Inter-Korean summit set for April 27 in Panmunjom
A joint press statement released by South Korea's Unification Ministry, which handles relations with North Korea, said that a working-level meeting between the two countries discussing protocol, security and press coverage for the summit will be held next Wednesday on South Korea's side of Panmunjom, which straddles the border.
A working-level meeting discussing telecommunication systems used during the summit will be held separately, with a date and venue to be announced later.
The high-level meeting Thursday was held in Tongilgak, a North Korea-controlled building in Panmunjom, to iron out specifics for the upcoming South-North summit, which both countries previously agreed to hold in Peace House, a South Korea-controlled building in Panmunjom.
The inter-Korean summit will be South Korean President Moon Jae-in's first time talking face-to-face with North Korean leader Kim Jong-un and the third meeting of its kind between two Korean leaders after 2000 and 2007.
Subsequently, Kim is expected to meet U.S. President Donald Trump for what will be the first-ever summit between the two countries, though the date and venue have yet to be determined.
South Korea's three-member delegation for the high-level dialogue Thursday was led by Unification Minister Cho Myoung-gyon and included Vice Unification Minister Chun Hae-sung and Yoon Young-chan, senior presidential secretary for public affairs.
The North was represented by Ri Son-gwon, chairman of the Committee of the Peaceful Reunification of the Country of the Democratic People's Republic of Korea, a cabinet-level agency overlooking relations with the South; Jon Jong-su, vice chairman of the same committee; and Kim Myong-il, a director-level official from the committee.
The talks were held a day after Kim Jong-un returned home from a surprise visit to China from Monday to Tuesday on the invitation of Chinese President Xi Jinping, through which both countries agreed to improve recently strained ties. It was the young leader's first known trip outside North Korea since he took power in December 2011 following his father's death, and his first meeting with another government leader.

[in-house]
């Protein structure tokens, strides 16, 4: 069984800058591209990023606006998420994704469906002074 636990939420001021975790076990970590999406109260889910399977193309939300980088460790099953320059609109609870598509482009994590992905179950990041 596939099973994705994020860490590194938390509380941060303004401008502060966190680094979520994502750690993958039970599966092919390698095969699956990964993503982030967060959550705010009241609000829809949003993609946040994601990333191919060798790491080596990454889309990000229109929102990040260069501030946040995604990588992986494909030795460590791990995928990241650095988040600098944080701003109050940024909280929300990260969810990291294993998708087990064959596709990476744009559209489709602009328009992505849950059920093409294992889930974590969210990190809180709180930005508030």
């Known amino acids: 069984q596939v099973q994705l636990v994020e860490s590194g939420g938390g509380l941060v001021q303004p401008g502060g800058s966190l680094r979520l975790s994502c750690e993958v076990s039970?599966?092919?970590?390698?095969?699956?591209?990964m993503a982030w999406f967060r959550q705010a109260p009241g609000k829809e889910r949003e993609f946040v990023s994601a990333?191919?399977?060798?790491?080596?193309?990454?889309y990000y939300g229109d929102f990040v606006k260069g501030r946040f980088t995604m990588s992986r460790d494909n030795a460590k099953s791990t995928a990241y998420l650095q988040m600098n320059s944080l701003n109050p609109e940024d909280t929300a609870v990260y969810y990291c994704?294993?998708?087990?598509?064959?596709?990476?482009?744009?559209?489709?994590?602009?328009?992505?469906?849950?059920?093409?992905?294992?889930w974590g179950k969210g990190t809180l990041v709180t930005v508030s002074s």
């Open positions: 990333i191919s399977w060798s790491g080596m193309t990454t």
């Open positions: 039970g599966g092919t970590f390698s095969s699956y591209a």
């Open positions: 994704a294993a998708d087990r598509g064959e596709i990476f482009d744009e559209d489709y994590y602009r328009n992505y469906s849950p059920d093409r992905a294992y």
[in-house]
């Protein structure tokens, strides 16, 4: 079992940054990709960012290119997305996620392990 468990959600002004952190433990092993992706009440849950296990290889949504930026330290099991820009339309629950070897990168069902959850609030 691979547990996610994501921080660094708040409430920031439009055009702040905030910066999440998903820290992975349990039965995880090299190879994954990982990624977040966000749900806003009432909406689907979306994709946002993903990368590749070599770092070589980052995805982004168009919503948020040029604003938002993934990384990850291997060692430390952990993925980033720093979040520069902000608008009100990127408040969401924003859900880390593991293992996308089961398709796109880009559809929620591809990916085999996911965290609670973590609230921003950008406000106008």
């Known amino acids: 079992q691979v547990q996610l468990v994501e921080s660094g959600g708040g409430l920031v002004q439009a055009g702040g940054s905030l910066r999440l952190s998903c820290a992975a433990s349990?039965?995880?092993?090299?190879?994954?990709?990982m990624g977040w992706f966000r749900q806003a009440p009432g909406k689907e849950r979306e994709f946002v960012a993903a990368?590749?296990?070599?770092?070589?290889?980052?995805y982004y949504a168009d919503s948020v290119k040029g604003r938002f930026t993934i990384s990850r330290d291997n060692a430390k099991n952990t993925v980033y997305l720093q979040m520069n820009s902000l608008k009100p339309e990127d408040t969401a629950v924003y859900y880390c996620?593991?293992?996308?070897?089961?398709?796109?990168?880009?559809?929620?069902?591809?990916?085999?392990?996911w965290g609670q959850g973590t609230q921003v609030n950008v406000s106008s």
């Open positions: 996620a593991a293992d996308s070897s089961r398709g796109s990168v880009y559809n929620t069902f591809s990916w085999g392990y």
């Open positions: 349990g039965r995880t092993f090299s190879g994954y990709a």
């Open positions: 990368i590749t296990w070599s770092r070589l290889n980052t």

Pundits speculated Xi's invitation to Kim was a reflection of China's anxiety that it was bypassed in the recent flurry of diplomatic overtures among Seoul, Pyongyang and Washington, and that it perceived its grip over Northeast Asia affairs waning. For North Korea, the regime could have sought Beijing's help in easing economic sanctions against the regime, and support from Xi was critical in building its negotiating power with the United States for when Kim meets Trump.
Trump said in a tweet on Wednesday that he received a message from Xi the previous night in which the Chinese president said his meeting with Kim went "very well" and that Kim was looking forward to meeting Trump. Regardless of that, "maximum sanctions and pressure must be maintained at all cost," Trump wrote.
In another tweet the same day, Trump said that he was looking forward to the meeting with Kim now that there was a "good chance" the North Korean leader would do "what is right for his people and for humanity."
White House Press Secretary Sarah Huckabee Sanders said the Xi-Kim dialogue was a "good indication that the maximum pressure campaign has been working," because for the first time since Kim rose to power, he left the country to meet the head of a foreign government.
"We want to make sure that it's done as soon as we can," Sanders said of the U.S.-North Korea summit, "but we also want to make sure it's done properly. And we're working towards that goal."
Sanders continued that the administration thought "things are moving in the right direction," though it would remain "cautiously optimistic" about the recent developments.
BY LEE SUNG-EUN [firstname.lastname@example.org]